updated 4/28/2006 11:47:26 PM ET 2006-04-29T03:47:26

Two men charged last week in a terrorism case traveled to Washington D.C. to shoot "casing videos" of the Capitol building and other potential targets, a prosecutor alleged during a bail hearing.

Prosecutors leveled the new allegations against Ehsanul Islam Sadequee and Syed Haris Ahmed while challenging a New York judge's earlier decision to release Sadequee to house arrest at his mother's residence in Roswell, Georgia on $250,000 bail.

U.S. District Judge Sandra Townes reversed that ruling and ordered Sadequee, 19, held without bail after citing a pretrial report detailing the defendant's ties to Bangladesh, where he lived for the past several months and has a new bride.

"I feel that the risk of flight is just too great," Townes said.

Sadequee, 19, a U.S. citizen who grew up near Atlanta, is accused of lying to federal authorities amid an ongoing FBI terrorism investigation. He was jailed in New York on Saturday following his extradition from Bangladesh.

An FBI agent's affidavit accused Sadequee and Ahmed, a 21-year-old Georgia Tech student, of meeting with at least three other targets of the FBI probe during a trip to Canada in March 2005. The men allegedly discussed attacks against oil refineries and military bases and planned to travel to Pakistan to get military training at a terrorist camp.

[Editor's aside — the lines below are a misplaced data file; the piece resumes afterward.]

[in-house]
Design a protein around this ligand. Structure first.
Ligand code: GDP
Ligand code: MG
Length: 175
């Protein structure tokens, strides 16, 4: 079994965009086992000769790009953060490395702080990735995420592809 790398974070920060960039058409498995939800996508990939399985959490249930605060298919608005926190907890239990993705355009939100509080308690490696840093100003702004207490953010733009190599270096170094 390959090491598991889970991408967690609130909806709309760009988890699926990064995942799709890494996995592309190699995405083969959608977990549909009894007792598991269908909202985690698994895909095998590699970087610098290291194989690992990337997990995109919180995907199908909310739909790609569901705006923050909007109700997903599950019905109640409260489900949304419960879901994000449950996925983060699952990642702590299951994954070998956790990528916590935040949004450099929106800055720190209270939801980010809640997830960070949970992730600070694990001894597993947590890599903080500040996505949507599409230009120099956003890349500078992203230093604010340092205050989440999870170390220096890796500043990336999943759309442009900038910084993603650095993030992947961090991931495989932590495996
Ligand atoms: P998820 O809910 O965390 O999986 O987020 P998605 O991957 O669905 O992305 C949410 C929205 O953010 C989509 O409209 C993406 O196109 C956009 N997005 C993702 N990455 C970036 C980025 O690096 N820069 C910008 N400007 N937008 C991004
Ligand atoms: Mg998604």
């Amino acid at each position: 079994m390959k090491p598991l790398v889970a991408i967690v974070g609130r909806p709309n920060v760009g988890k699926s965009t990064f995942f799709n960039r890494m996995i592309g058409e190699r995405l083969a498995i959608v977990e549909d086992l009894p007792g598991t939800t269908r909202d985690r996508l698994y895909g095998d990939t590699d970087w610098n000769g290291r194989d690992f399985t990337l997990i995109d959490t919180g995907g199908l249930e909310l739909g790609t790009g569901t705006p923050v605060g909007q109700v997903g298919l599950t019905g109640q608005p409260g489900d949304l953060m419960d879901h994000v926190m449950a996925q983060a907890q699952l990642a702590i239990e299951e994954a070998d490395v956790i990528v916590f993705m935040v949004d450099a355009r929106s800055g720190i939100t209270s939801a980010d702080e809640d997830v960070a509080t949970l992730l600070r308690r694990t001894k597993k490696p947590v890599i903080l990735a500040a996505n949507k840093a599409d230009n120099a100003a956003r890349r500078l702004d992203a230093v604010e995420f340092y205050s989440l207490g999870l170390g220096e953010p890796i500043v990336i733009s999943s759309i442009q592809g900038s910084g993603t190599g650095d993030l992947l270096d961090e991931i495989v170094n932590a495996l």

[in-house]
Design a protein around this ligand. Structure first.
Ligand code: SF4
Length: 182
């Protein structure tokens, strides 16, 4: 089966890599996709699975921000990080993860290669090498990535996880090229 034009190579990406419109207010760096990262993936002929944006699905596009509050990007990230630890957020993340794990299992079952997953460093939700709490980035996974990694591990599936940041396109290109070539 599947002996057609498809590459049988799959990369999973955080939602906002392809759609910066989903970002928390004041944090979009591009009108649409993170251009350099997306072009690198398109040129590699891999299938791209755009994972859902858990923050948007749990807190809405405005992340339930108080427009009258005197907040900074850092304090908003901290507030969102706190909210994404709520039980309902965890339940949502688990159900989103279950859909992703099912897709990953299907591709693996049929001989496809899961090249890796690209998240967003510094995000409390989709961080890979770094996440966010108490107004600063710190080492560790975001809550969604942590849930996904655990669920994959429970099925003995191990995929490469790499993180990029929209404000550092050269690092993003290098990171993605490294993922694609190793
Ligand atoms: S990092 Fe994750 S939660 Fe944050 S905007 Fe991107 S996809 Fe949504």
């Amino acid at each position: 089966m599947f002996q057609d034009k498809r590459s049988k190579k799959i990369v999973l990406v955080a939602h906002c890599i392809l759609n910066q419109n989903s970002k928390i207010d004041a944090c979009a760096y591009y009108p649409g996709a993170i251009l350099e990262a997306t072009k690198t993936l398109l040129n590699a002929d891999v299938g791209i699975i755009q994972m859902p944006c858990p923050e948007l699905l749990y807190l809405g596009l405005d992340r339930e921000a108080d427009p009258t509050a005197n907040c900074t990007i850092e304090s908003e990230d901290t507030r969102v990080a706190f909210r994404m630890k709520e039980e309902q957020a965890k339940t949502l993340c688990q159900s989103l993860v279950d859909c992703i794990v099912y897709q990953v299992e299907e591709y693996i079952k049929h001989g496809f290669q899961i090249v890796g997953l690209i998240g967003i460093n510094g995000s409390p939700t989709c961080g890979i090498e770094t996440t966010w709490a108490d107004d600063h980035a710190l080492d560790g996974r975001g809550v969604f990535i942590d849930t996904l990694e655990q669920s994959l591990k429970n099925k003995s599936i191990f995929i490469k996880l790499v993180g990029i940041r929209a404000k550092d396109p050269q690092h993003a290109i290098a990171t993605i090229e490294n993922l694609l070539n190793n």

About a month after the men returned from Canada, they allegedly "went to Washington D.C. for the purpose of making a series of videos -- we call them 'casing videos,'" prosecutor Colleen Kavanagh said Friday.

The pair made tapes of the Capitol, the World Bank, the Masonic Temple and a fuel depot in the Washington D.C. area that were to be shipped to "overseas brothers," the prosecutor said.

Defense attorney Doug Morris argued that Sadequee, though charged with making materially false statements, was technically not facing terrorism charges. He also labeled his client's capture and extradition from Bangladesh "reverse rendition" -- a spin on "extraordinary rendition," or the strategy of transferring terrorism suspects to third countries for interrogations.

Ahmed, who was indicted on suspicion of giving material support of terrorism, was being held at an undisclosed location. His court-appointed lawyer could not be reached for comment Friday evening.

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